A collection of downtown buildings in profile with the proposed project added.

The tower (right) would certainly bring a unique flair to the skyline. | Via Department of City Planning

The 53-story tower would connect to the rooftop restaurant Perch

Plans for what could become one of Downtown’s most unique-looking skyscrapers received unanimous approval today from the city’s planning commission.

With cantilevered swimming pools jutting out of its upper floors, the tower proposed for across the street from Pershing Square has been said to look like an in-progress game of Jenga. Commissioner Samantha Millman called it an “ambitious and audacious project.”

The 53-story hotel and condo tower would rise on a slim, L-shaped lot that wraps around the Pershing Square building, also owned by the tower’s developer, Jeffrey Fish of JMF Enterprises.

In addition to the thrilling pools, the glassy high-rise would incorporate a number of other water features, including two that will effectively hide the above-ground parking podium behind a wall of falling water.

Inside the structure, there would be 190 “five-star” hotel rooms and 31 condominiums. Twelve lucky condos would have their own cantilevered swimming pools. The tower would also have a connection on its 13th floor to the popular rooftop restaurant Perch in the Pershing Square building.

The structure was envisioned by Fish and designed with Miami-based Arquitectonica, which was also the architect for the Emerson apartments next to the Walt Disney Concert Hall on Bunker Hill.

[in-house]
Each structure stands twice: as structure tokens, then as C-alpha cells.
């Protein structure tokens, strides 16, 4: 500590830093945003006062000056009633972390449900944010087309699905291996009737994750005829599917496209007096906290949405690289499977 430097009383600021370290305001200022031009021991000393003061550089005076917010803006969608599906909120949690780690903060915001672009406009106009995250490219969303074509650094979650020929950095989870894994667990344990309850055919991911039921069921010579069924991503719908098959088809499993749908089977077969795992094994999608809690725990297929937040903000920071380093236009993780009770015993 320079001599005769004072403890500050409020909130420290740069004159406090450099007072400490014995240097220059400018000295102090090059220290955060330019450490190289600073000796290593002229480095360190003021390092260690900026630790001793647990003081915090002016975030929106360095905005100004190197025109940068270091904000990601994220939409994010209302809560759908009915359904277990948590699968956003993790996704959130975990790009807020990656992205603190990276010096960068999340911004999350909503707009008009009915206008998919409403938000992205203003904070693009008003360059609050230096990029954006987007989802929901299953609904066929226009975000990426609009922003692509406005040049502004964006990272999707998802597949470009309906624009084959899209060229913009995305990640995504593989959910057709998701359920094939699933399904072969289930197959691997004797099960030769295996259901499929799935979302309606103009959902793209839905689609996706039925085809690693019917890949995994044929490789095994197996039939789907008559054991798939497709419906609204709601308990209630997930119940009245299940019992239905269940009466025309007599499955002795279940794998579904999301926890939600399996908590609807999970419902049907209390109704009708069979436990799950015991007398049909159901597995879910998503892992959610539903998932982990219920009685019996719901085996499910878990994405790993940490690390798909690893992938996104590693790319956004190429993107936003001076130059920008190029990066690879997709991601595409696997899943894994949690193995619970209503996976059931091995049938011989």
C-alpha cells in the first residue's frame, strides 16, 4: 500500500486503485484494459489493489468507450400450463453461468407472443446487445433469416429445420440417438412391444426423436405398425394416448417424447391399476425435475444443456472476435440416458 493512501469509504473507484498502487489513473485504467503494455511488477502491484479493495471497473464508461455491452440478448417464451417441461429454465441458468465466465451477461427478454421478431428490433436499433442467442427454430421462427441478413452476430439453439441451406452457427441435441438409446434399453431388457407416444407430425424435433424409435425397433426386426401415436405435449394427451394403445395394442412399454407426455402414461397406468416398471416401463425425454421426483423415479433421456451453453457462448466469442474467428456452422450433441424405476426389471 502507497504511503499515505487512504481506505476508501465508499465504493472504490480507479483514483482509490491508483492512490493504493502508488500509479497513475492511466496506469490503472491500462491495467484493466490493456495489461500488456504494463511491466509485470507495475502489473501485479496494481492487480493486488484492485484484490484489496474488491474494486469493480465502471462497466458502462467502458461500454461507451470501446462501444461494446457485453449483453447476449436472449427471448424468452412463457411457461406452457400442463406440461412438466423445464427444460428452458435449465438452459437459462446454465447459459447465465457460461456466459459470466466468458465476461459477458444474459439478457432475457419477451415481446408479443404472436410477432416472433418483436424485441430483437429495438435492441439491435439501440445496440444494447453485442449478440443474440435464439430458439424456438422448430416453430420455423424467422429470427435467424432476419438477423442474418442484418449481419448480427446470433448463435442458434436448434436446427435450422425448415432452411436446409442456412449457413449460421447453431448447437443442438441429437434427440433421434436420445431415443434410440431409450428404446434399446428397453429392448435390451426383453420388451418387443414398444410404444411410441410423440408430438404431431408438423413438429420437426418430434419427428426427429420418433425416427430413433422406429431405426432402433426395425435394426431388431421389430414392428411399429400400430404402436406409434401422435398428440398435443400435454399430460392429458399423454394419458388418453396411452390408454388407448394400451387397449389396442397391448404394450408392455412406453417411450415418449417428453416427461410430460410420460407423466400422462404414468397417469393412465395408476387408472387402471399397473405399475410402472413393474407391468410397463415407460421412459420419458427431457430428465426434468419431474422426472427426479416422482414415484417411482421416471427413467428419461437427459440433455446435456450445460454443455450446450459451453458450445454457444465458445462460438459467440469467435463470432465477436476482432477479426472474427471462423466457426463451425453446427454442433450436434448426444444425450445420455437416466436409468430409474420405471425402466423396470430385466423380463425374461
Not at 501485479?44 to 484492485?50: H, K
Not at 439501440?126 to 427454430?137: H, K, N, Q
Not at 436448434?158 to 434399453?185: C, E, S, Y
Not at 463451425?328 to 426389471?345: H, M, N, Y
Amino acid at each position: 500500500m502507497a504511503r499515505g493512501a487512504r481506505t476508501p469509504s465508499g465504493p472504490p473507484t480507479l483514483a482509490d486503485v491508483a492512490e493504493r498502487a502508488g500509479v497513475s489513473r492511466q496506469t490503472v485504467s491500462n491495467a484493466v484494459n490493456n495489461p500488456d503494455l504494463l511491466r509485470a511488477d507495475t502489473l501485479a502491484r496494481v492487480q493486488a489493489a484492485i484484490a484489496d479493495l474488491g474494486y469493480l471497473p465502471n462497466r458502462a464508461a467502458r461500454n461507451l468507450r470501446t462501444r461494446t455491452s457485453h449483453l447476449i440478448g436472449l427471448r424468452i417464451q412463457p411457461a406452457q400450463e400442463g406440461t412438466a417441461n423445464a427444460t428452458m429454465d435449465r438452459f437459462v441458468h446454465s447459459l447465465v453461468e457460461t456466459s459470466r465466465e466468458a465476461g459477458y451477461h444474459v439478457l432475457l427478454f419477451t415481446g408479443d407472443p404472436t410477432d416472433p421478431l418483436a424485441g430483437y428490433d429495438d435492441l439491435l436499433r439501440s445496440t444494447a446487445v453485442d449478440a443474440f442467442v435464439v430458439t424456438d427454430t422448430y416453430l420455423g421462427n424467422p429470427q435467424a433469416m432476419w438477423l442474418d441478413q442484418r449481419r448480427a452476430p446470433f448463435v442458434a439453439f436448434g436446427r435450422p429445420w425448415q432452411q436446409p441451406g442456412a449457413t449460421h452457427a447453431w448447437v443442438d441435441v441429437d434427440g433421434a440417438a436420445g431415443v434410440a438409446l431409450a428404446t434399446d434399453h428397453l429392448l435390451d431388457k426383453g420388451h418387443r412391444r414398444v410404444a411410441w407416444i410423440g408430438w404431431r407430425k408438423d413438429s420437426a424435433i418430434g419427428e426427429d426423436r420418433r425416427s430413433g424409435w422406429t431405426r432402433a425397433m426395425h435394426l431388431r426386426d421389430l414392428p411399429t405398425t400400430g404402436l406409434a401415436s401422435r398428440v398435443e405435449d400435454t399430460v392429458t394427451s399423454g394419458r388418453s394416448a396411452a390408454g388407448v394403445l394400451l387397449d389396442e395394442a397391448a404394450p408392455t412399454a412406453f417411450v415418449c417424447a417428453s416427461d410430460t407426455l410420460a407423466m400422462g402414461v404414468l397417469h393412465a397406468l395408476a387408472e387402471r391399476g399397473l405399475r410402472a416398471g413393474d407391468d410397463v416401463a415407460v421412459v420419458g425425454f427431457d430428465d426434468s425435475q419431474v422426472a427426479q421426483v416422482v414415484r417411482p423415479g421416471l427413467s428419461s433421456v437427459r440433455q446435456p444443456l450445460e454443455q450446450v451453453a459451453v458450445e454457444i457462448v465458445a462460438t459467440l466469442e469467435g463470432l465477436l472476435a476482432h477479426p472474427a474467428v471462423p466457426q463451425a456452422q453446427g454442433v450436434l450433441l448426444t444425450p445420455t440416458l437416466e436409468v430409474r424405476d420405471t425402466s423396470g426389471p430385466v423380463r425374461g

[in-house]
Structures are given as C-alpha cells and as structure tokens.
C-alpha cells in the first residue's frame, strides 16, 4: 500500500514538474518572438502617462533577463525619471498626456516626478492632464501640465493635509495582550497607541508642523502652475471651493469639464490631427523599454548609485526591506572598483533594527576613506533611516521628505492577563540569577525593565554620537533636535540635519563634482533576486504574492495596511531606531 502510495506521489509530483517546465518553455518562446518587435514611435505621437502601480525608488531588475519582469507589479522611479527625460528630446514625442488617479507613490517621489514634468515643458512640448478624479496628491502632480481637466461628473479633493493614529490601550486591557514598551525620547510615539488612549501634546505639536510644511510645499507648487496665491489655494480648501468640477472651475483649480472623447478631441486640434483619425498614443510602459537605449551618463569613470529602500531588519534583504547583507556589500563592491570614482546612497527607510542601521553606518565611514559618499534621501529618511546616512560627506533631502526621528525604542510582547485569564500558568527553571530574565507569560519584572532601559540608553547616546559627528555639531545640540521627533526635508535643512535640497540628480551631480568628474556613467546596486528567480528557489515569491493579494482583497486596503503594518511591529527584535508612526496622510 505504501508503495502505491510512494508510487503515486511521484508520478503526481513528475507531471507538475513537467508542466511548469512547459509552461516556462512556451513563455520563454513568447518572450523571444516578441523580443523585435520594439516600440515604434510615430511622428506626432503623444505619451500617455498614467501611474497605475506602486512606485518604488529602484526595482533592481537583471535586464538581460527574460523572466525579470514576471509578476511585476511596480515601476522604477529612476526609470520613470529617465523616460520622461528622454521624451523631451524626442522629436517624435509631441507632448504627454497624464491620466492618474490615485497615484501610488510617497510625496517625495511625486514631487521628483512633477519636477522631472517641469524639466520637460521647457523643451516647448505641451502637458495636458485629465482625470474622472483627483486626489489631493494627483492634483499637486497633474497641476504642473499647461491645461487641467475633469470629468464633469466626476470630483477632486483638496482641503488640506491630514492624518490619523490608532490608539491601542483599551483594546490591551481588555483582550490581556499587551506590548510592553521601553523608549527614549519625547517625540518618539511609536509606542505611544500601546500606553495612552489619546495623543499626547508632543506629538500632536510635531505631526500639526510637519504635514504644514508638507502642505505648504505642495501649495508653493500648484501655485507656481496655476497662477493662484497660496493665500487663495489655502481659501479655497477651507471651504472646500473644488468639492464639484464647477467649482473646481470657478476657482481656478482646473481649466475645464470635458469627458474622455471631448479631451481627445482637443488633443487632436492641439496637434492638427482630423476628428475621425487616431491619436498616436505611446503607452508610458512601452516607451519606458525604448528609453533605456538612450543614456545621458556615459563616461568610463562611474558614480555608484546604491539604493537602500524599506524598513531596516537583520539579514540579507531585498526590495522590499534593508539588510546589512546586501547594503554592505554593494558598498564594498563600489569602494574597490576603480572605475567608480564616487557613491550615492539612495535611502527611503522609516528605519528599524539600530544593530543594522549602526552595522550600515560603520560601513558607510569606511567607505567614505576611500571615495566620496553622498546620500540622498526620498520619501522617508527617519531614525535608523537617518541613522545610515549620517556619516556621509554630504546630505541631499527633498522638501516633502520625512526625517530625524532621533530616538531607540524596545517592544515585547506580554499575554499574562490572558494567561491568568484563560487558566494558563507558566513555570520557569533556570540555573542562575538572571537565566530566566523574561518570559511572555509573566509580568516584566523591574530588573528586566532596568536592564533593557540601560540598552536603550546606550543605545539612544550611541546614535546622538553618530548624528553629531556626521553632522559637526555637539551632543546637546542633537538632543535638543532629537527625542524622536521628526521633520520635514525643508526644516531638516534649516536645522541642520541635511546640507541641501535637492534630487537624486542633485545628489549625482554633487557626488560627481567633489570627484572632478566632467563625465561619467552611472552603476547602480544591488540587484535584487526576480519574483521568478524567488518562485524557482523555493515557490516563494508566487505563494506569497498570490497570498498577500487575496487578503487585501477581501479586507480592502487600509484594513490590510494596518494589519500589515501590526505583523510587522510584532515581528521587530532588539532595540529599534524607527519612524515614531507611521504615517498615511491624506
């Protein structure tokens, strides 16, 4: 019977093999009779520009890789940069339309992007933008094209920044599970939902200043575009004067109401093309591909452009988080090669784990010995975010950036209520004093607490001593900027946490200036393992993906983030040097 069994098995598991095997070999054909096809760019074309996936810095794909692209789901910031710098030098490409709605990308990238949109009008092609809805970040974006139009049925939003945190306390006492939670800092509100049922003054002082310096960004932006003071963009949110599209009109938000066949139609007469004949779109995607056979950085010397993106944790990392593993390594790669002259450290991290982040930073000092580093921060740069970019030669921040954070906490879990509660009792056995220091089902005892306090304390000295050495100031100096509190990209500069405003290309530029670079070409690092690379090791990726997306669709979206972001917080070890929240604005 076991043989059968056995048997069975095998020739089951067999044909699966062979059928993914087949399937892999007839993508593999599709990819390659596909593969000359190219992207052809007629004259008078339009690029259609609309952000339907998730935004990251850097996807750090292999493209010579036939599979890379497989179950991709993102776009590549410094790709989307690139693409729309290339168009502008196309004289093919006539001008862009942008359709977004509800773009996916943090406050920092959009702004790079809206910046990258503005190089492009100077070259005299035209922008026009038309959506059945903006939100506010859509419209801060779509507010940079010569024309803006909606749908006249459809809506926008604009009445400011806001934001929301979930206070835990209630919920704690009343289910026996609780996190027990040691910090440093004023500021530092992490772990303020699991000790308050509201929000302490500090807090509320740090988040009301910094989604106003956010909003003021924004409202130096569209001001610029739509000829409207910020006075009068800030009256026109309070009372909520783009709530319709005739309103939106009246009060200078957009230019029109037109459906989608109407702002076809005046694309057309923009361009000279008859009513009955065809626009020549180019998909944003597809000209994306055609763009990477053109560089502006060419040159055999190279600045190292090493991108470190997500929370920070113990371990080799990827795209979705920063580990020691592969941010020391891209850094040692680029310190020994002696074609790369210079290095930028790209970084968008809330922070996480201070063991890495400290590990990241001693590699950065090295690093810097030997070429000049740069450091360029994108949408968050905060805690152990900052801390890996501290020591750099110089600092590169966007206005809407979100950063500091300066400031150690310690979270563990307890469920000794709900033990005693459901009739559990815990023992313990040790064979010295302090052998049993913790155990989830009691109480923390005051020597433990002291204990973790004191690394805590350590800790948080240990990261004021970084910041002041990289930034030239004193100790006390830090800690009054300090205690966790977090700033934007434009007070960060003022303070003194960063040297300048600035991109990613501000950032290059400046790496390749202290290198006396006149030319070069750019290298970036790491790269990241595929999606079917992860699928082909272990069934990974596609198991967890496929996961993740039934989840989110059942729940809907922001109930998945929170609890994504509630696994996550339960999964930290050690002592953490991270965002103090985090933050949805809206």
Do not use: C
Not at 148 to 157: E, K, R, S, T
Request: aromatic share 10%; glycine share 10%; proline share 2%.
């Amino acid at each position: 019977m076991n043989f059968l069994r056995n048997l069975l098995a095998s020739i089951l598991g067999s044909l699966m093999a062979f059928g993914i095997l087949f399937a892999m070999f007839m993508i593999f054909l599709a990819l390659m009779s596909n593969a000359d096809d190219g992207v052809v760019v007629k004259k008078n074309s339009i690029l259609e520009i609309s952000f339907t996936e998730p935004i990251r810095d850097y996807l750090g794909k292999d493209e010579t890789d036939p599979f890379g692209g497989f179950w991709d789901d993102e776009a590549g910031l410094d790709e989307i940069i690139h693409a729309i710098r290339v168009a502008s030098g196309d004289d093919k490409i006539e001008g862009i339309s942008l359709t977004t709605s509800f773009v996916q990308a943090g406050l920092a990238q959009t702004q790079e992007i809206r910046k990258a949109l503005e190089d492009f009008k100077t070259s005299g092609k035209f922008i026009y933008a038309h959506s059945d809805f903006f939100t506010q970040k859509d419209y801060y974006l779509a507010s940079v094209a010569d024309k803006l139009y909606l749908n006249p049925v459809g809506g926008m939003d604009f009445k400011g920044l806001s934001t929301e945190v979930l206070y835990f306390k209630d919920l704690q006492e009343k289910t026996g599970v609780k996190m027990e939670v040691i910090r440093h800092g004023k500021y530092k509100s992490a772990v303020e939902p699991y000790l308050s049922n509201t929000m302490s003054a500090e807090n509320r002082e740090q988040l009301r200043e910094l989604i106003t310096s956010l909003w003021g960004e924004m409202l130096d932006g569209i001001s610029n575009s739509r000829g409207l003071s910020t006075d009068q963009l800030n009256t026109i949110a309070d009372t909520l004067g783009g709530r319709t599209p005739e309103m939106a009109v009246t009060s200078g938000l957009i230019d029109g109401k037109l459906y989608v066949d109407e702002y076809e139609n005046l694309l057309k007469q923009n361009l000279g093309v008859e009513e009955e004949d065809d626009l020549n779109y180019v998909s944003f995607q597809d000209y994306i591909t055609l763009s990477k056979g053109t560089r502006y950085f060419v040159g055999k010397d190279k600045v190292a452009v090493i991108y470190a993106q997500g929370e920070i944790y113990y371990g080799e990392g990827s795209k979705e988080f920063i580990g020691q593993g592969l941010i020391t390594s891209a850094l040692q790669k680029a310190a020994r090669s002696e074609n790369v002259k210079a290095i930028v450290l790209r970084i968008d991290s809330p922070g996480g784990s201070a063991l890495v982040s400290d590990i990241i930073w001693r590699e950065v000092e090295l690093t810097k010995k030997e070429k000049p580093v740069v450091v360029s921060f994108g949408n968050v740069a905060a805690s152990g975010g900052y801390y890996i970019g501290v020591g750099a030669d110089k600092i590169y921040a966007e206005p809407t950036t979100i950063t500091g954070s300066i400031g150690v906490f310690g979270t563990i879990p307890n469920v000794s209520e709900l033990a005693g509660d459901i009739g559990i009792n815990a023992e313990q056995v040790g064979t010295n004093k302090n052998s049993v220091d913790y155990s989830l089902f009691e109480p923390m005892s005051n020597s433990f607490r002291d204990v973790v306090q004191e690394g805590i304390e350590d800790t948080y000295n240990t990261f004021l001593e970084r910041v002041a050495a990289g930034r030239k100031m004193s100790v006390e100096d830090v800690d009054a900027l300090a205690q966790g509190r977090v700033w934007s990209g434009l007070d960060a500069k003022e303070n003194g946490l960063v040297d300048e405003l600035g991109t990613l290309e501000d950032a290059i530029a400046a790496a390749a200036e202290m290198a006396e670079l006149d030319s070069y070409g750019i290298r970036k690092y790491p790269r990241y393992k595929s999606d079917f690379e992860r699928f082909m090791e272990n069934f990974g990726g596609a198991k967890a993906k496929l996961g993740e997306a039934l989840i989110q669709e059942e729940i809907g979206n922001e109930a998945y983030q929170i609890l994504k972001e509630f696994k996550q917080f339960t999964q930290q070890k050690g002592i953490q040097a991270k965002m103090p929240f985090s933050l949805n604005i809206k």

The commissioners applauded the project’s bold architecture and creative approach to disguising parking.

A rendering of the tower, which has glass swimming pools protruding from its upper floors. It rises 53 stories tall.
A view of the project from Pershing Square.
A rendering of the building’s slim entrance on Fifth Street. Over the entrance is a multi-story water feature that is made to shield the floors of parking with a screen of falling water.
A waterfall-like feature would conceal parking.

But commissioner David Ambroz said he worried that, if the project were approved and then sold, the design might lose its most exciting aspects and become “a shorter rectangle.” In an attempt to make it hard for a developer to change the approved design down the road, the commission requested that the project go before the commission again if a new design was desired.

“Visually, this is an incredible project, but there are so many other benefits,” said commissioner Marc Mitchell.

The developer will also contribute to the city’s affordable housing trust fund and Pershing Square improvement fund.

The commission also struck down an appeal of the project brought by Supporters Alliance for Environmental Responsibility, which charged that the project’s environmental impacts had not been sufficiently analyzed and that mitigation measures for its impacts on traffic and noise were lacking.

At today’s meeting, a representative of the alliance told the commission that the group had worked out “additional mitigations” with the developer and was now supporting the project.

The commissioners voted unanimously to approve the project and deny the appeal.

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